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You're reading: Language law: liberal rhetoric, radical agenda

Although it has so far attracted little attention in the West, the bill – which grants official status to “regional languages,” especially Russian – is a key example of a familiar pattern in the context of recent battles around Russia’s former Soviet periphery. 

The grievances proclaimed by the “defenders of Russian culture” in Ukraine are strikingly similar to those expressed by similar groups in places from Estonia and Latvia to Moldova and even Central Asia. Not surprisingly, they share a common historical origin – and a common “rodina” from which to draw inspiration – to say nothing of financial or organizational resources.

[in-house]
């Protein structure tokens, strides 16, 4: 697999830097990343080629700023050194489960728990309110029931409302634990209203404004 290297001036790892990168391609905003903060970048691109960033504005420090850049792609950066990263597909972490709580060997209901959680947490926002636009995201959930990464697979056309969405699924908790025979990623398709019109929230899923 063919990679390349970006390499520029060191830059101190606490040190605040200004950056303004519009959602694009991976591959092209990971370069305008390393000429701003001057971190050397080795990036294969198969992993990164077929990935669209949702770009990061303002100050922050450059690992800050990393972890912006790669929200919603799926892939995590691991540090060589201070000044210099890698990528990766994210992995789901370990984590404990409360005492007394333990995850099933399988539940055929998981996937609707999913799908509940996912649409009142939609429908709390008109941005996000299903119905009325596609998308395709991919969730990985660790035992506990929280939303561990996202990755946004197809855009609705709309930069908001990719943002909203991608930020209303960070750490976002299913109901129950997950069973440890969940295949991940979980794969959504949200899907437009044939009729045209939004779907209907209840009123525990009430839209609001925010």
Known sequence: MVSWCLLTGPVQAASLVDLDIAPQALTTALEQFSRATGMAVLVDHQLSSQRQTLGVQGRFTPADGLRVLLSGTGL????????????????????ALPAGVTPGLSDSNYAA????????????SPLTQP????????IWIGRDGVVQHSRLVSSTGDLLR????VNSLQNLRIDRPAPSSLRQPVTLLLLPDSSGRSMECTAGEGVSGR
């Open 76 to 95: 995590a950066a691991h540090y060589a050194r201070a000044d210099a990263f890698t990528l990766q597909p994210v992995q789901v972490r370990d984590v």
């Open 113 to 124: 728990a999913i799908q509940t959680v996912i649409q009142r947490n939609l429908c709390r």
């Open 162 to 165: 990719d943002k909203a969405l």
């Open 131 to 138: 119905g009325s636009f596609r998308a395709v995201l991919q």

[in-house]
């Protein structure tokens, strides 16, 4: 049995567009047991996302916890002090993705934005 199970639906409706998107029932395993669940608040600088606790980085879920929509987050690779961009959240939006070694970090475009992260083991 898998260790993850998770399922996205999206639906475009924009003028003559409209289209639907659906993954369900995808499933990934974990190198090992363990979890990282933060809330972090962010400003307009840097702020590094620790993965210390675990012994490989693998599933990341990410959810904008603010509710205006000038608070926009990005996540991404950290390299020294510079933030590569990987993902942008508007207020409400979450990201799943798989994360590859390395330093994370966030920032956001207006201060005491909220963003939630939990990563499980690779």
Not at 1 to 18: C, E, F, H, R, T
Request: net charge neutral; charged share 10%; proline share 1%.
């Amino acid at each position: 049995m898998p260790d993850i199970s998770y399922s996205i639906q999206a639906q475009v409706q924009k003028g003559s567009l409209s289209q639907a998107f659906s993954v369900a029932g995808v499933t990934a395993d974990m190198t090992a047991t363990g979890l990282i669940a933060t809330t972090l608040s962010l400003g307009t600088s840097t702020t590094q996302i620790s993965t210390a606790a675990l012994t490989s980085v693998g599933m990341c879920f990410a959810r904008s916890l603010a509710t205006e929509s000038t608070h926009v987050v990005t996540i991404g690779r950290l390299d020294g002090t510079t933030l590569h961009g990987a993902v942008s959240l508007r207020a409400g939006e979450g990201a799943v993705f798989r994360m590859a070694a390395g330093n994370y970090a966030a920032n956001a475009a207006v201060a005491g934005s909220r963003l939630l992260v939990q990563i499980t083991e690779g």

As the Russian state grew stronger after Vladimir Putin’s rise to power, and especially as its fears of “contamination” grew after Georgia’s Rose and Ukraine’s Orange Revolutions, it began to intervene more forcefully on behalf of its “countrymen” in the so-called near abroad. For example, Russia has granted citizenship to residents Georgia’s breakaway regions of Abkhazia and South Ossetia, later using this as a pretext for military intervention on behalf of its “citizens.”

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